By Rod Bastanmehr
Bob Dylan once crooned, “The times they are a-changin’.”
But on Sept. 25, change was nowhere to be found. It was conglomerate business as usual with the shutdown of Muxtape, the popular Web site that allowed user-uploaded playlists to be streamed at no charge.
The musical share space that had thrived for months was suddenly done for and the reasoning behind the site’s closure remains foggy.
“I love music,” Justin Ouellette, the site’s creator, said. “I believe that for people who love music, the desire to share it is innate and crucial for music itself. We do this because music makes us feel and we want someone else to feel it too.”-
This feeling inspired Ouellette’s vision of a Web site that would allow for unbound musical discovery. The site, created in March 2008, was effectively a lovechild of 1980s nostalgia and the modernity of the Internet. Muxtape would be a gateway into the future of music but maintain the comfort of the homemade mixtape era.
Ouellette was inspired to create this type of music-sharing site by a weekly radio show he had once hosted, in which playlists for each show were listed, corresponding to a cassette recording for the week, for listeners to examine and follow along.
Ouellette remembers viewing these playlists as cohesive blocks of music, not a collection of individual musical entities.
“Like a mixtape, each playlist was a curated group that was greater than the sum of its parts,” he said. “Unlike a mixtape, it wasn’t constrained by any physical boundaries of dissemination.”
Ouellette saw that the simple design of the radio show’s site could be the basis for something much larger. Five years later, with the Internet putting technology at everyone’s fingertips, Ouellette began toying with the idea of a user-uploaded music site based on the radio show’s template.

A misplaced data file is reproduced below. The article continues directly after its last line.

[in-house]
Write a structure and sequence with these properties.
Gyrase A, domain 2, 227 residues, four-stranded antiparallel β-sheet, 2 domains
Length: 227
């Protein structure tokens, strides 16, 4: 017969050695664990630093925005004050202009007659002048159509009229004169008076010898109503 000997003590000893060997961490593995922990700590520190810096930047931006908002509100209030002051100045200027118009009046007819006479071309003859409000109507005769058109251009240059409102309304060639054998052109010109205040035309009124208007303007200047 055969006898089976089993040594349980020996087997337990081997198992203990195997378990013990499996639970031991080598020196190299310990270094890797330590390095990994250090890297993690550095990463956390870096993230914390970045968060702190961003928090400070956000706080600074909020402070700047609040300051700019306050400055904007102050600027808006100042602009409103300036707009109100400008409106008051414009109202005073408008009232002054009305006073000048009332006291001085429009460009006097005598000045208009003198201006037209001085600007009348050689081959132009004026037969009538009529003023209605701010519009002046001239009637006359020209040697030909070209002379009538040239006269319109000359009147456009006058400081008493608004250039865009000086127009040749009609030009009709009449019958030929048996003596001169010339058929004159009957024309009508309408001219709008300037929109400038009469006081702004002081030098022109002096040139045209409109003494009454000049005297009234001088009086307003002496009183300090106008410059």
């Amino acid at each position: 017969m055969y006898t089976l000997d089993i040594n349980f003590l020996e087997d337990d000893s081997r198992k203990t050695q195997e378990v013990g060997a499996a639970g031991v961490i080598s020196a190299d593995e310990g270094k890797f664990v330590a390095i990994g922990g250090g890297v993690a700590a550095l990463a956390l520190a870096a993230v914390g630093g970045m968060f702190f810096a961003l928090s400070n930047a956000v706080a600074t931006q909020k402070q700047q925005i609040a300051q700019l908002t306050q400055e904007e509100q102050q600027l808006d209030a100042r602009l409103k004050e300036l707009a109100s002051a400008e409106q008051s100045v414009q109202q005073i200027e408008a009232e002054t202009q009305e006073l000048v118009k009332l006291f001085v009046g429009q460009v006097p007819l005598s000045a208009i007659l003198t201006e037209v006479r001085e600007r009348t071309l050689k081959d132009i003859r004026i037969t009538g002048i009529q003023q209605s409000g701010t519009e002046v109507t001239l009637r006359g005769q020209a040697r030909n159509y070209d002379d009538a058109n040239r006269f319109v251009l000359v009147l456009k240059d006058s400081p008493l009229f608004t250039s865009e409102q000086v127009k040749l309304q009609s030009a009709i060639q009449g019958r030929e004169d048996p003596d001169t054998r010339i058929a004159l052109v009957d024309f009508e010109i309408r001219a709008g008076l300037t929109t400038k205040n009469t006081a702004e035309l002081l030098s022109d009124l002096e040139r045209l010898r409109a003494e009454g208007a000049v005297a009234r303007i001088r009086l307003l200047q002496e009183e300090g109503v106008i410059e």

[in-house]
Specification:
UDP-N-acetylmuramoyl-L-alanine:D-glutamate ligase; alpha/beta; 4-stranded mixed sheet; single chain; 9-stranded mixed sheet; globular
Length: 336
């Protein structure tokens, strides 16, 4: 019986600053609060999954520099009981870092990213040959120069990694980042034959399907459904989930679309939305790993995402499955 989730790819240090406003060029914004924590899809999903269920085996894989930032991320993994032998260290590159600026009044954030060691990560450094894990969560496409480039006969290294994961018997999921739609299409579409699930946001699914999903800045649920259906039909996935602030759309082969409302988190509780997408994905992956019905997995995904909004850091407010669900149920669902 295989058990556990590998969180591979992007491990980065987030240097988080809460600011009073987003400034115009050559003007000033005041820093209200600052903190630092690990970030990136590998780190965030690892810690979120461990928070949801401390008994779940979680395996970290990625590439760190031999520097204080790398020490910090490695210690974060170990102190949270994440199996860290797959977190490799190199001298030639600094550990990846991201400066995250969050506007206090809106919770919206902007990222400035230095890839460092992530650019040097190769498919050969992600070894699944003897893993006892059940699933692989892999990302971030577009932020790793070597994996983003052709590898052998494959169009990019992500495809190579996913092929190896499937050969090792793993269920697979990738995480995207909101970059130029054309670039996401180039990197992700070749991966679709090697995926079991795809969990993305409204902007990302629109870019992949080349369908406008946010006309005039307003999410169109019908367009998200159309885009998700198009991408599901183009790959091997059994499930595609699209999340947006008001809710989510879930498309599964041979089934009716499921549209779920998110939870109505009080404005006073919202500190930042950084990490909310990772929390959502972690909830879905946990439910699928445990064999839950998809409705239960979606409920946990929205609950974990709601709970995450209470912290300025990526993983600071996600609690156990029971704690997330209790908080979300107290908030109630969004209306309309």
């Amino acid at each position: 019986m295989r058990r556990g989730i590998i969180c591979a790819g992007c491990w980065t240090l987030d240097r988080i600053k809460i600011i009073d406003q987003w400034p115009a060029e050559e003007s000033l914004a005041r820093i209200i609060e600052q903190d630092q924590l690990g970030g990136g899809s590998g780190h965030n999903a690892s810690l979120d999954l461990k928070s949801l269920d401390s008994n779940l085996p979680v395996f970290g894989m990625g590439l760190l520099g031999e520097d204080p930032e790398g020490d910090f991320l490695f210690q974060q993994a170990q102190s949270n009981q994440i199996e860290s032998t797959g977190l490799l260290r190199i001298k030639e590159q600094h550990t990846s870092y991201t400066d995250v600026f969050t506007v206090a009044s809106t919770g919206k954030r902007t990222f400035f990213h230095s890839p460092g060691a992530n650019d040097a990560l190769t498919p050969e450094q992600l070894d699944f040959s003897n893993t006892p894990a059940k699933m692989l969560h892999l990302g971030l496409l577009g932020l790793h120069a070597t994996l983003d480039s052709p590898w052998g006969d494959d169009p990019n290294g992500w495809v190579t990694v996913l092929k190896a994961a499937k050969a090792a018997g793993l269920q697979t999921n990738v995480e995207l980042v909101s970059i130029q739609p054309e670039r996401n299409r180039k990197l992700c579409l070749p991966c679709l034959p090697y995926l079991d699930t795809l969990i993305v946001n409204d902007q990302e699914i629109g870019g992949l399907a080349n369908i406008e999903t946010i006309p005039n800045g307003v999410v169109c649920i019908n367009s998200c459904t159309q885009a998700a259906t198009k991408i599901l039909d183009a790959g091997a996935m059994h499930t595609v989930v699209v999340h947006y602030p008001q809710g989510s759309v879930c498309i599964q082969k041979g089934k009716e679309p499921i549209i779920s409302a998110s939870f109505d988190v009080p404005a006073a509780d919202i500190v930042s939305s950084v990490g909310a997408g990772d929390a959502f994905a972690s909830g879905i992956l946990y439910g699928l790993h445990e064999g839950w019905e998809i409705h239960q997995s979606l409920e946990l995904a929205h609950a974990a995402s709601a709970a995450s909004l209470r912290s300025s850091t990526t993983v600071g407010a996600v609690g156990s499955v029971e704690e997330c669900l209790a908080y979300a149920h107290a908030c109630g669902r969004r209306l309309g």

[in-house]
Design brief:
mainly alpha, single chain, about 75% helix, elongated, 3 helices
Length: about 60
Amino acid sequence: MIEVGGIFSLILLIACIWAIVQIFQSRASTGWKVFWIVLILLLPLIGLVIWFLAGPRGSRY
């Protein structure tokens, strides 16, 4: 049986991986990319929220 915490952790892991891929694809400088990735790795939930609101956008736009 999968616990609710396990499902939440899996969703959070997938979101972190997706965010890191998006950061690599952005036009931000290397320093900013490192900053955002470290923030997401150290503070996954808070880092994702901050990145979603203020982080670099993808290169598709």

“The natural conclusion was [to create] a centralized service, which suddenly unfolded whole other dimensions of possibility for serendipitous music discovery,” Ouellette said. “What seemed before like the hollow shell of a mixtape now seemed like its evolution. I knew I had to try building it.”
Three weeks of long nights later, Muxtape was born to immediate success.
“Eight thousand, six hundred and eighty-five users registered in the first 24 hours,” Ouellette said, “and 97,748 in the first month with a healthy growth rate. Lots of press. Rampant speculation. Tech rags either lauded it or declared it an instant failure. Everyone was excited. I was thrilled.”
Then, less than six months later, the site came crashing down at he hands of the Recording Industry Association of America (RIAA). While users had been enjoying all that Muxtape had to offer, they were blissfully unaware of the behind-the-scenes battle for the site’s soul.
“I had no idea,” said Daphnie Wyman, a former member of the Web site, whose own playlist became a target of the RIAA’s rampage. “It felt like we were doing no wrong. This was music that was ours and we were sharing it how we saw fit … this came out of nowhere.”
Unlike other sites and programs, such as Napster, songs uploaded onto Muxtape were not available for free download. Instead, they streamed from user playlists and each song featured a link alongside it giving listeners the option to buy the song.
“When you look at a site like YouTube, technically the same thing is going on,” said Jonathan Landis, another former Muxtape member. “You can essentially listen to any song you want for free.”
The RIAA maintains that music sharing on Muxtape was illegal, regardless of what happens on sites like YouTube.
“For the past several months, we have communicated concerns to Muxtape on behalf of our members,” said an RIAA spokesperson who wished to remain anonymous. “Muxtape has not yet obtained authorization from our member companies to host or stream copies of their sound recordings.”
Still, no specific person has been blamed. In accordance with industry and legal standards, the only individuals who might be held responsible or liable for infringement are those users who have actually ripped off the artists — but none of the “ripped off” artists ever filed any actual complaints against the site, Ouellete said.
Ultimately, Muxtape may simply represent another casualty in the ever-growing war between music fans and music labels. As times keep on “a-changin’,” Ouellette sees no choice for the labels other than to adapt.
“The industry will catch up some day,” he said. “It pretty much has to.”